Margaret Eby
January 28, 2015 6:00 am

The question of how, exactly, to respond to street harasser is one that has been hotly debated, well, everywhere. Do you confront them or ignore them? Do you attempt to take their lecherous leers as a compliment? Do you take their photo and publish it to shame them? Or film the experience and put it on the Internet? One PSA about street harassment has a novel idea: Prank them.

In the video, Everlast, which sponsored the PSA, found two men from Lima, Peru who were “repeat offenders” of catcalling and reached out to their mothers, who agreed to dress in diguise. And, yep, you called it: As the mother walk past their sons, they get harassed by their very own offspring. One of the women clocks her son over the head with a purse after he calls her literally the grossest name on Earth: “tasty panties.”

Needless to say, it’s very satisfying viewing. And it’s hard not to laugh. But it’s also fairly controversial. Because, let’s face it, the issue of catcalling isn’t a matter of making the worst offenders talk to their mothers and turning the issue into a joke doesn’t help anyone to take it seriously. We shouldn’t be making catcalling comedy, we should be focusing on the incredibly serious implications and deeply upsetting statistics: seven out of 10 women have been sexually harassed. Truly every day while we walk down the street little nuggets of harassment are thrown our way, and obviously that is not ok!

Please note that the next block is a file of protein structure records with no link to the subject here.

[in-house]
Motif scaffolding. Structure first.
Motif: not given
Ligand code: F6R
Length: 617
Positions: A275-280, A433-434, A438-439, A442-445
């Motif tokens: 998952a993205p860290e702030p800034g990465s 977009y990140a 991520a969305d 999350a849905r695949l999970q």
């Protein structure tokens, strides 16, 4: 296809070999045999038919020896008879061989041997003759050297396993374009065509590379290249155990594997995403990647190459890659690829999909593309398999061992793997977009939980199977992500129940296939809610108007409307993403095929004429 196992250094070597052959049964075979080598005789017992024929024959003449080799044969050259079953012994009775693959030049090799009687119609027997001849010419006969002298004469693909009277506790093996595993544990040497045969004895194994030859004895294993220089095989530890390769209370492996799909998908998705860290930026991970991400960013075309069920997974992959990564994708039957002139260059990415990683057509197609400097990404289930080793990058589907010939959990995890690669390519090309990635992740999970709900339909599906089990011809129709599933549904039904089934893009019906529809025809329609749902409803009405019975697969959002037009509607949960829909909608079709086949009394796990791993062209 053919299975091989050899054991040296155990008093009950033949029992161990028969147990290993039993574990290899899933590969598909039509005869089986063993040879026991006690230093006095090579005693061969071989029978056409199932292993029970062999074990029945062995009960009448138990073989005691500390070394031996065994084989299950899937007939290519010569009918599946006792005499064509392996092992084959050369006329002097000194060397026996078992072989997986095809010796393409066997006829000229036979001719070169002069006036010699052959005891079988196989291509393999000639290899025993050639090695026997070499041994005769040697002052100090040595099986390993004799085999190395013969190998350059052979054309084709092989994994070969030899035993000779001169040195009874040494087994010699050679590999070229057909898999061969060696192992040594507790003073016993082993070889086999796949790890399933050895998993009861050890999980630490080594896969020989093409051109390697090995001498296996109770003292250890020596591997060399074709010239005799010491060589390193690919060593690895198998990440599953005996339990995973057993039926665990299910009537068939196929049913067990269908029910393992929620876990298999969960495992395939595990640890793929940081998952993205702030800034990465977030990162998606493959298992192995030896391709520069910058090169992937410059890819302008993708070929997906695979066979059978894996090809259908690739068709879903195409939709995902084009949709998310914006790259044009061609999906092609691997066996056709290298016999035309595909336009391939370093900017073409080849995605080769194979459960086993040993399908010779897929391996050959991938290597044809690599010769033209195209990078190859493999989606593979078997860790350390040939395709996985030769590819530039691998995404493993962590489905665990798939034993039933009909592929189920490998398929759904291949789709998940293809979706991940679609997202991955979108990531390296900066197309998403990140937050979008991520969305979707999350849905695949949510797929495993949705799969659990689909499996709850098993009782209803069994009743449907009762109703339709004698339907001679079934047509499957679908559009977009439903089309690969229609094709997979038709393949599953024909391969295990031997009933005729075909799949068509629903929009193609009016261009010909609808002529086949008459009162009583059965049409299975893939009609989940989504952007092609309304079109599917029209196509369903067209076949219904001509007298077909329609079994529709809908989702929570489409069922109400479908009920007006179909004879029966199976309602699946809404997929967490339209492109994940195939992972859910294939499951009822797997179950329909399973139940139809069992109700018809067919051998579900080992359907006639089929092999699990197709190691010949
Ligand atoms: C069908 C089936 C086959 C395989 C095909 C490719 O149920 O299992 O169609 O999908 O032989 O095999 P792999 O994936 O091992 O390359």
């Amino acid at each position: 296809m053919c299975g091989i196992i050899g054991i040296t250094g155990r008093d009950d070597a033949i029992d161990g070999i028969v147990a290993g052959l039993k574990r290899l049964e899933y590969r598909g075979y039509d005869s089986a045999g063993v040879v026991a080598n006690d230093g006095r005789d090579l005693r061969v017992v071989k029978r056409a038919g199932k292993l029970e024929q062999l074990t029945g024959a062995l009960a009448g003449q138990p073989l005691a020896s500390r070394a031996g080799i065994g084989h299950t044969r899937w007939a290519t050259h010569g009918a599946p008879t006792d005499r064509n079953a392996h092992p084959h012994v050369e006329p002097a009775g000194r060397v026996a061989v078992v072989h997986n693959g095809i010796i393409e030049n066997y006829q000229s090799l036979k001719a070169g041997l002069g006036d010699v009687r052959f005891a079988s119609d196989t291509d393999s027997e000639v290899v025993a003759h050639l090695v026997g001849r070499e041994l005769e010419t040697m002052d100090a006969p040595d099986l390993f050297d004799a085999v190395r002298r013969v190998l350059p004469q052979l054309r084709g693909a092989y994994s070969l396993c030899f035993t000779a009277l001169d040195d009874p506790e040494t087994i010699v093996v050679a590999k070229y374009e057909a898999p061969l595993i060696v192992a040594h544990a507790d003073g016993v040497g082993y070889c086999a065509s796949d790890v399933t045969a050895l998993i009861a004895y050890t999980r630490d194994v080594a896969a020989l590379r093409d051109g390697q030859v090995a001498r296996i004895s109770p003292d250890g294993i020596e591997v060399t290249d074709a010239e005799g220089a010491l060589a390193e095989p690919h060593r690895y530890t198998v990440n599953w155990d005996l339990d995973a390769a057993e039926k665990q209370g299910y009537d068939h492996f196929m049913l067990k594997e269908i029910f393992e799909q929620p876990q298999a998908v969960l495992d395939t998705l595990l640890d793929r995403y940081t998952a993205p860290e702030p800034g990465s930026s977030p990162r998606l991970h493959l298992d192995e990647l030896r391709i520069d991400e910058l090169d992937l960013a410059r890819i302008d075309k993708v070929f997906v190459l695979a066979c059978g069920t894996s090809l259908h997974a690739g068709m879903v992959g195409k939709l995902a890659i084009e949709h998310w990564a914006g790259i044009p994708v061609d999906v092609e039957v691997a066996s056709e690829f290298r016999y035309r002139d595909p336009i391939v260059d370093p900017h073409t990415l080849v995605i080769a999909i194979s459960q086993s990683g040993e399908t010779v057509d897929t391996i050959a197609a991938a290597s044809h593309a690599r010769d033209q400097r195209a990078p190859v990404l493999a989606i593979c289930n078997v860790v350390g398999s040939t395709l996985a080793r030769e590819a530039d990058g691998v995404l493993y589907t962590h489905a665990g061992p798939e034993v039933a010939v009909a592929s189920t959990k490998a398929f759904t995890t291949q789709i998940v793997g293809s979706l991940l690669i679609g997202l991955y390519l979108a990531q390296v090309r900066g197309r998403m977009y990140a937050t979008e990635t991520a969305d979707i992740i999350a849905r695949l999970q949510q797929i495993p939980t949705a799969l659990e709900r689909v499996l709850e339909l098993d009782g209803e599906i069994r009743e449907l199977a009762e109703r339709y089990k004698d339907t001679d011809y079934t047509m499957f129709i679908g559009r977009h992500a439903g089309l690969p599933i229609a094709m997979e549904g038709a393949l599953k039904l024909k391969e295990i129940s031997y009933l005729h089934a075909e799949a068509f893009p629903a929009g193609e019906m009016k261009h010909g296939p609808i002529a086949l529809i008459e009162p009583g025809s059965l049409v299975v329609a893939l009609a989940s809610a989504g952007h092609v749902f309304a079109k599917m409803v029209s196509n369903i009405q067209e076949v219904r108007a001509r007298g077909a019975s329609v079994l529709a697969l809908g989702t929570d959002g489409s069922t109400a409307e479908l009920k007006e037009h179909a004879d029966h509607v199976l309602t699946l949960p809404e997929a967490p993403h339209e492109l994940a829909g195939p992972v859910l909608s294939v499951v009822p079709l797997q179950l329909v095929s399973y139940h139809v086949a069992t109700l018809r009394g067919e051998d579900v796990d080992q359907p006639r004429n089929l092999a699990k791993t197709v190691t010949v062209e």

So what do we do about this pervasive problem? As Oscar Rickett points out in The Guardian, “All men do not need to be turned into monsters so that we all see women as mothers, daughters, friends and lovers whether we know them or not. The shaming of the Peruvian men by their mothers just shows us the poverty of some people’s imaginations. The message here is not that we need to take a beating with a leather handbag, but that we need to learn how to put ourselves in the shoes of other people. This means that men need to empathize with all women.”

And that really is the truth of the situation. It’s not comedy that the issue of catcalling needs, or vilification. What it needs is empathy, and perhaps that’s the only way we’ll be able to stop it.

Check out the video below and see how you feel about it.

Advertisement